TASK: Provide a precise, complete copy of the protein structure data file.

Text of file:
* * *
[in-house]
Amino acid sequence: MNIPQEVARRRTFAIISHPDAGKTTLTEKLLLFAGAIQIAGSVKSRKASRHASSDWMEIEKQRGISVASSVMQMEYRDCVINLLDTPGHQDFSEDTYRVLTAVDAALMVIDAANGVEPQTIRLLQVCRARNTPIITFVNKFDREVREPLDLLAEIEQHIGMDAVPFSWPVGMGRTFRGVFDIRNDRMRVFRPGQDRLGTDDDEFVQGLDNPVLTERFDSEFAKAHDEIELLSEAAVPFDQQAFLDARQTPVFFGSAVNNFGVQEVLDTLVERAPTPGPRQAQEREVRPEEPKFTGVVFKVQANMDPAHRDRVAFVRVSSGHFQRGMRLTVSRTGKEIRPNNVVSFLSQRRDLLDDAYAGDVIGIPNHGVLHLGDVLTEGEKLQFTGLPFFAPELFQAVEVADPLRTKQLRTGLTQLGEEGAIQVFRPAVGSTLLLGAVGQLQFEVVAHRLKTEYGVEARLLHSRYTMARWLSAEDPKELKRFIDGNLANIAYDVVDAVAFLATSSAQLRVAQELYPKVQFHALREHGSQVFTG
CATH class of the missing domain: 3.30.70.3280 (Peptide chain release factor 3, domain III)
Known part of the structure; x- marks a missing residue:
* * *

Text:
[in-house]
Amino acid sequence: MNIPQEVARRRTFAIISHPDAGKTTLTEKLLLFAGAIQIAGSVKSRKASRHASSDWMEIEKQRGISVASSVMQMEYRDCVINLLDTPGHQDFSEDTYRVLTAVDAALMVIDAANGVEPQTIRLLQVCRARNTPIITFVNKFDREVREPLDLLAEIEQHIGMDAVPFSWPVGMGRTFRGVFDIRNDRMRVFRPGQDRLGTDDDEFVQGLDNPVLTERFDSEFAKAHDEIELLSEAAVPFDQQAFLDARQTPVFFGSAVNNFGVQEVLDTLVERAPTPGPRQAQEREVRPEEPKFTGVVFKVQANMDPAHRDRVAFVRVSSGHFQRGMRLTVSRTGKEIRPNNVVSFLSQRRDLLDDAYAGDVIGIPNHGVLHLGDVLTEGEKLQFTGLPFFAPELFQAVEVADPLRTKQLRTGLTQLGEEGAIQVFRPAVGSTLLLGAVGQLQFEVVAHRLKTEYGVEARLLHSRYTMARWLSAEDPKELKRFIDGNLANIAYDVVDAVAFLATSSAQLRVAQELYPKVQFHALREHGSQVFTG
CATH class of the missing domain: 3.30.70.3280 (Peptide chain release factor 3, domain III)
Known part of the structure; x- marks a missing residue: